440 Alexandra Avenue,
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Architects: Frank Ernest Bromige
Functions: Religious Services
Styles: Art Deco
Previous Names: Gaumont Rayners Lane, Odeon Rayners Lane, Ace Cinema
Located in the Rayners Lane district of Harrow, Middlesex, today part of northwest Greater London. The Grosvenor Cinema opened on 12th October 1936 with Jean Hersholt in “The Country Doctor”. It is most notable for its fantastic facade, sometimes referred to as ‘the elephant’s trunk’. The auditorium had a seating capacity for 1,235, with 830 in the stalls and 405 in the circle. The stage was 44 feet deep, and there were six dressing rooms. There was a cafe located in a sunken area in the centre of the main foyer.
It was taken over by Oscar Deutsch’s Odeon Theatres Ltd. on 5th May 1937 and renamed the Odeon in 1941. It became the Gaumont on 26th October 1950, then renamed the Odeon again on 27 April 1964, but with reduced seating to 1,185.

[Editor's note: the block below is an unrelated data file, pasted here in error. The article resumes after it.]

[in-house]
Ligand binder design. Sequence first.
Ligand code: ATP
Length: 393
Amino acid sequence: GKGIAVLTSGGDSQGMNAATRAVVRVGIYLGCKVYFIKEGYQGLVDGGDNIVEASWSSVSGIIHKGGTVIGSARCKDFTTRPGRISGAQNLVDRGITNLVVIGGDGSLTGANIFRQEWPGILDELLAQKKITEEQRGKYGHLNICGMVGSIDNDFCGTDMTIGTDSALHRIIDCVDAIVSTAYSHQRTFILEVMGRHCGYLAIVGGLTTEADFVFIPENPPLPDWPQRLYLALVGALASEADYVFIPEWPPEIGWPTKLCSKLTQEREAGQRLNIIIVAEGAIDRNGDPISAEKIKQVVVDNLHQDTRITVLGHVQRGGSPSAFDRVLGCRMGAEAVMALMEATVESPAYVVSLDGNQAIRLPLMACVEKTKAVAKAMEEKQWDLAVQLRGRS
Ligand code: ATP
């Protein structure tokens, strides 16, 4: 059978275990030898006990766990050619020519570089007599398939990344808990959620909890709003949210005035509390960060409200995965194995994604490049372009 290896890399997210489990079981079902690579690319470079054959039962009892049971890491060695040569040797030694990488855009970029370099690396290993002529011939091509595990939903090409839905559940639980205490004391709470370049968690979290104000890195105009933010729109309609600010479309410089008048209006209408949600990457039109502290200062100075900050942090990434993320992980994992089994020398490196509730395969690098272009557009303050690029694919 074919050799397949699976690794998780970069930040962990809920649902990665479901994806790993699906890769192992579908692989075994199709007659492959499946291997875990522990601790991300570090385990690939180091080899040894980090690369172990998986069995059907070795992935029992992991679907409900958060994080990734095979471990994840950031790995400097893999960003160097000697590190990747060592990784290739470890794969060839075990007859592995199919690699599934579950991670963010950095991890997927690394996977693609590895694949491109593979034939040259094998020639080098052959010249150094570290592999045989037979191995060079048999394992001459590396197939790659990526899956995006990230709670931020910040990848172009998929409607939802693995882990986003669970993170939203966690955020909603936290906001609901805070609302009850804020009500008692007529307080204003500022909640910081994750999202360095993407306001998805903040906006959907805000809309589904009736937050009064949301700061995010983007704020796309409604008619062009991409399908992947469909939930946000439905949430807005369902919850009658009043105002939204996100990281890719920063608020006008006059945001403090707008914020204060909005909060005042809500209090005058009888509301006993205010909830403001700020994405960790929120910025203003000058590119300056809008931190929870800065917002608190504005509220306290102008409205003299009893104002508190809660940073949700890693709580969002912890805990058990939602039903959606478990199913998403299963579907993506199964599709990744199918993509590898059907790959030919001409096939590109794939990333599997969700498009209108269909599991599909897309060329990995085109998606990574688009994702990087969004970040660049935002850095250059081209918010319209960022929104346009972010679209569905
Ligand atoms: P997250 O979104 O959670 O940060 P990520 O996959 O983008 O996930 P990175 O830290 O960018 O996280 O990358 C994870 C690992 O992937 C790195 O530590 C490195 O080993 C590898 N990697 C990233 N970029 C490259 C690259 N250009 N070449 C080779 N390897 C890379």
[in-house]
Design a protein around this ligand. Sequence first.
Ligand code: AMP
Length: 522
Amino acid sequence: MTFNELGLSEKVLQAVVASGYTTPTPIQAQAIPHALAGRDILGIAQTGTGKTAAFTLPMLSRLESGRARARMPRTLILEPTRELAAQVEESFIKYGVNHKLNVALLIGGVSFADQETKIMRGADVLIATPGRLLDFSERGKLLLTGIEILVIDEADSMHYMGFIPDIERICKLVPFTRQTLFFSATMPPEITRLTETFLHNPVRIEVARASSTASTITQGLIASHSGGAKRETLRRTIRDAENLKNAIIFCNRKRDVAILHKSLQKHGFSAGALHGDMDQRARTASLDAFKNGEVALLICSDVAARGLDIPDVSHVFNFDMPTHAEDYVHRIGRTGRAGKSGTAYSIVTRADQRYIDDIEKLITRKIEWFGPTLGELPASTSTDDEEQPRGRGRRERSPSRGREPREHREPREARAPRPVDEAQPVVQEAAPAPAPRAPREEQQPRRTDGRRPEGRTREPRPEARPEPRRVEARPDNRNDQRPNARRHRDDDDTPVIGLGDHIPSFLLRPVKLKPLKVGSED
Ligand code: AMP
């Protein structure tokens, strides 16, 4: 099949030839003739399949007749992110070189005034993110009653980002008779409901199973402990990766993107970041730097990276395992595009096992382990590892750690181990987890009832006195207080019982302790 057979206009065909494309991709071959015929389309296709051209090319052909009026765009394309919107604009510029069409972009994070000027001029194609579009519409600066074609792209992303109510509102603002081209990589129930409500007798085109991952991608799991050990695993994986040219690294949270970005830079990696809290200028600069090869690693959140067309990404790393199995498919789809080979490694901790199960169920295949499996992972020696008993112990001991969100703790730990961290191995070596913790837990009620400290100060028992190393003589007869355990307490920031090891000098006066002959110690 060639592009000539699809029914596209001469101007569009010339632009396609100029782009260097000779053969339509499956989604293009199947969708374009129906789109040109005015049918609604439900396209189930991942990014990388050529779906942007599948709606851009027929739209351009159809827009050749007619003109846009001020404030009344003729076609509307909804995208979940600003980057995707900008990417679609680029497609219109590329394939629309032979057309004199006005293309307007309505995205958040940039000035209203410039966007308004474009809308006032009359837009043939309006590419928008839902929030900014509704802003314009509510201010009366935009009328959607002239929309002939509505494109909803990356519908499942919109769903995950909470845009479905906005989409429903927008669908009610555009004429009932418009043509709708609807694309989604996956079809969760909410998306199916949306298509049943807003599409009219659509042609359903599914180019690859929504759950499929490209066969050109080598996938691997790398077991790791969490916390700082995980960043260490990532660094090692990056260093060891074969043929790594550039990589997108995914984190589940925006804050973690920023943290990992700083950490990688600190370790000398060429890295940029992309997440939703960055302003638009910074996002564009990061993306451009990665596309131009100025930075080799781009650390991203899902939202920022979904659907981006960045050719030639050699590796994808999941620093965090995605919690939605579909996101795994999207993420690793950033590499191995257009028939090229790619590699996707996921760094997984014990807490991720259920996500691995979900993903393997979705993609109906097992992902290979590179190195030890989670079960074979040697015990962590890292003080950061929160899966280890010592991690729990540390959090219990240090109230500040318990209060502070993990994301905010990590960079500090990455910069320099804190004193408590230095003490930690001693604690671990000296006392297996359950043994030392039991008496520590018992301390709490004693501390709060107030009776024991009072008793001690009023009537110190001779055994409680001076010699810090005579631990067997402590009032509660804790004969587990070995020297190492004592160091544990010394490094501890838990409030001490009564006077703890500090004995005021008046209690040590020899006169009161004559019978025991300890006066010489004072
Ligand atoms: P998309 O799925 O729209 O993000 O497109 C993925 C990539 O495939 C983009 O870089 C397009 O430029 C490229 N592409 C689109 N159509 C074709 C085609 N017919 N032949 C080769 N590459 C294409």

From 1st November 1981 it was taken over by an independent operator and re-named Ace Cinema. It was at this time that the building was granted the status of a Grade II Listed building. The Ace Cinema closed on the 6th October 1986, and two years later it’s listing was upgraded to Grade II*.
It then became a wine bar, known as the Ace Bar in the main foyer, with a night club in the auditorium named the Grosvenor Cine/Bar Experience. The auditorium became the Studio Warehouse nightclub and operated into the mid-1990’s.
The building lay empty and unused for several years until 2000, when it was taken over by the Zoroastrian Centre for Europe and became the Zoroastrian Centre, in use for religious services.
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